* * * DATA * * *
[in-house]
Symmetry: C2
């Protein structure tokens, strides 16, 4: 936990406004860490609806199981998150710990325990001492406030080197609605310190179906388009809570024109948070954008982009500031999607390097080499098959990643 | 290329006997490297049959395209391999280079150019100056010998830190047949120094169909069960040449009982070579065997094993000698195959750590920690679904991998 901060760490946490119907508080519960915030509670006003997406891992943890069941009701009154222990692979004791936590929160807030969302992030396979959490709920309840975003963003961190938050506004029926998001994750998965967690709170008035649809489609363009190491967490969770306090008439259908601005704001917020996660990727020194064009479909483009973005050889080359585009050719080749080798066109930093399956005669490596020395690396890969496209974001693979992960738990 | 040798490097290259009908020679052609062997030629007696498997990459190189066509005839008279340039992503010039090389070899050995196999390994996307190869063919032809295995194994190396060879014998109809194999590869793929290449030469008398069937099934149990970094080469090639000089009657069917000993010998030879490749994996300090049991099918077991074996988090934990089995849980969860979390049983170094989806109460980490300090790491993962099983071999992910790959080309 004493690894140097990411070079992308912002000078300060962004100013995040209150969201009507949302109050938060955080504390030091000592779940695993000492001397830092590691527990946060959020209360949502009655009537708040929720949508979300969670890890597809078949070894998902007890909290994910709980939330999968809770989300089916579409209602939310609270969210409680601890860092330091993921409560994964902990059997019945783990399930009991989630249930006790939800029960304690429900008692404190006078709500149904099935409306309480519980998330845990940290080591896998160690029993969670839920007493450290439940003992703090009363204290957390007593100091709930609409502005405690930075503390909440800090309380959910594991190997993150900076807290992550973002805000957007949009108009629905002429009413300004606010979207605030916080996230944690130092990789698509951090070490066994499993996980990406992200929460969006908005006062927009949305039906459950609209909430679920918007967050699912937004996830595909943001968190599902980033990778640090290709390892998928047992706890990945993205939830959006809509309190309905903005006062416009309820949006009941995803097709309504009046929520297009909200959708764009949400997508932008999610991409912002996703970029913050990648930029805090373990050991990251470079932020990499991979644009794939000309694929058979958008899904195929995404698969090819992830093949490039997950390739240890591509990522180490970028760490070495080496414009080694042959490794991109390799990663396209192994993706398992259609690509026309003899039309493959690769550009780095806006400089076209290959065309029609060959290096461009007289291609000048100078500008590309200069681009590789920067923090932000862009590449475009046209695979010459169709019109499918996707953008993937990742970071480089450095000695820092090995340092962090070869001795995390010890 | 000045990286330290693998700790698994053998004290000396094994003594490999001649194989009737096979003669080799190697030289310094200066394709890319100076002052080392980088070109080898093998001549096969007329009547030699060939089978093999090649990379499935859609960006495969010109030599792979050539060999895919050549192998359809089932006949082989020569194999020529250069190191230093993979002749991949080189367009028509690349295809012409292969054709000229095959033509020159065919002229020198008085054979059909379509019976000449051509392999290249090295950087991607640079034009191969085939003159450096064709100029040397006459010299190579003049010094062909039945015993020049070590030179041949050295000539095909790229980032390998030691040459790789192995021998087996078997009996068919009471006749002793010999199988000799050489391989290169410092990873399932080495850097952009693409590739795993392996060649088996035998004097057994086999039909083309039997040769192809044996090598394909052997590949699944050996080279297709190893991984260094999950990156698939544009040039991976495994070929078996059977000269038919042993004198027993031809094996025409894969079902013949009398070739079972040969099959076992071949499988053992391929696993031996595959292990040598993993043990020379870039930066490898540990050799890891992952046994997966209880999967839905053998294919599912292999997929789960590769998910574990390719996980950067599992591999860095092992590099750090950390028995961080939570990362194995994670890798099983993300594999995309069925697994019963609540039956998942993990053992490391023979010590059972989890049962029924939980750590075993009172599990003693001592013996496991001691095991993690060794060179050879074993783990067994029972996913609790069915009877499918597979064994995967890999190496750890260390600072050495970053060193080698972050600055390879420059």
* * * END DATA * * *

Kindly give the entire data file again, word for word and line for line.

[in-house]
Symmetry: C2
């Protein structure tokens, strides 16, 4: 936990406004860490609806199981998150710990325990001492406030080197609605310190179906388009809570024109948070954008982009500031999607390097080499098959990643 | 290329006997490297049959395209391999280079150019100056010998830190047949120094169909069960040449009982070579065997094993000698195959750590920690679904991998 901060760490946490119907508080519960915030509670006003997406891992943890069941009701009154222990692979004791936590929160807030969302992030396979959490709920309840975003963003961190938050506004029926998001994750998965967690709170008035649809489609363009190491967490969770306090008439259908601005704001917020996660990727020194064009479909483009973005050889080359585009050719080749080798066109930093399956005669490596020395690396890969496209974001693979992960738990 | 040798490097290259009908020679052609062997030629007696498997990459190189066509005839008279340039992503010039090389070899050995196999390994996307190869063919032809295995194994190396060879014998109809194999590869793929290449030469008398069937099934149990970094080469090639000089009657069917000993010998030879490749994996300090049991099918077991074996988090934990089995849980969860979390049983170094989806109460980490300090790491993962099983071999992910790959080309 004493690894140097990411070079992308912002000078300060962004100013995040209150969201009507949302109050938060955080504390030091000592779940695993000492001397830092590691527990946060959020209360949502009655009537708040929720949508979300969670890890597809078949070894998902007890909290994910709980939330999968809770989300089916579409209602939310609270969210409680601890860092330091993921409560994964902990059997019945783990399930009991989630249930006790939800029960304690429900008692404190006078709500149904099935409306309480519980998330845990940290080591896998160690029993969670839920007493450290439940003992703090009363204290957390007593100091709930609409502005405690930075503390909440800090309380959910594991190997993150900076807290992550973002805000957007949009108009629905002429009413300004606010979207605030916080996230944690130092990789698509951090070490066994499993996980990406992200929460969006908005006062927009949305039906459950609209909430679920918007967050699912937004996830595909943001968190599902980033990778640090290709390892998928047992706890990945993205939830959006809509309190309905903005006062416009309820949006009941995803097709309504009046929520297009909200959708764009949400997508932008999610991409912002996703970029913050990648930029805090373990050991990251470079932020990499991979644009794939000309694929058979958008899904195929995404698969090819992830093949490039997950390739240890591509990522180490970028760490070495080496414009080694042959490794991109390799990663396209192994993706398992259609690509026309003899039309493959690769550009780095806006400089076209290959065309029609060959290096461009007289291609000048100078500008590309200069681009590789920067923090932000862009590449475009046209695979010459169709019109499918996707953008993937990742970071480089450095000695820092090995340092962090070869001795995390010890 | 000045990286330290693998700790698994053998004290000396094994003594490999001649194989009737096979003669080799190697030289310094200066394709890319100076002052080392980088070109080898093998001549096969007329009547030699060939089978093999090649990379499935859609960006495969010109030599792979050539060999895919050549192998359809089932006949082989020569194999020529250069190191230093993979002749991949080189367009028509690349295809012409292969054709000229095959033509020159065919002229020198008085054979059909379509019976000449051509392999290249090295950087991607640079034009191969085939003159450096064709100029040397006459010299190579003049010094062909039945015993020049070590030179041949050295000539095909790229980032390998030691040459790789192995021998087996078997009996068919009471006749002793010999199988000799050489391989290169410092990873399932080495850097952009693409590739795993392996060649088996035998004097057994086999039909083309039997040769192809044996090598394909052997590949699944050996080279297709190893991984260094999950990156698939544009040039991976495994070929078996059977000269038919042993004198027993031809094996025409894969079902013949009398070739079972040969099959076992071949499988053992391929696993031996595959292990040598993993043990020379870039930066490898540990050799890891992952046994997966209880999967839905053998294919599912292999997929789960590769998910574990390719996980950067599992591999860095092992590099750090950390028995961080939570990362194995994670890798099983993300594999995309069925697994019963609540039956998942993990053992490391023979010590059972989890049962029924939980750590075993009172599990003693001592013996496991001691095991993690060794060179050879074993783990067994029972996913609790069915009877499918597979064994995967890999190496750890260390600072050495970053060193080698972050600055390879420059």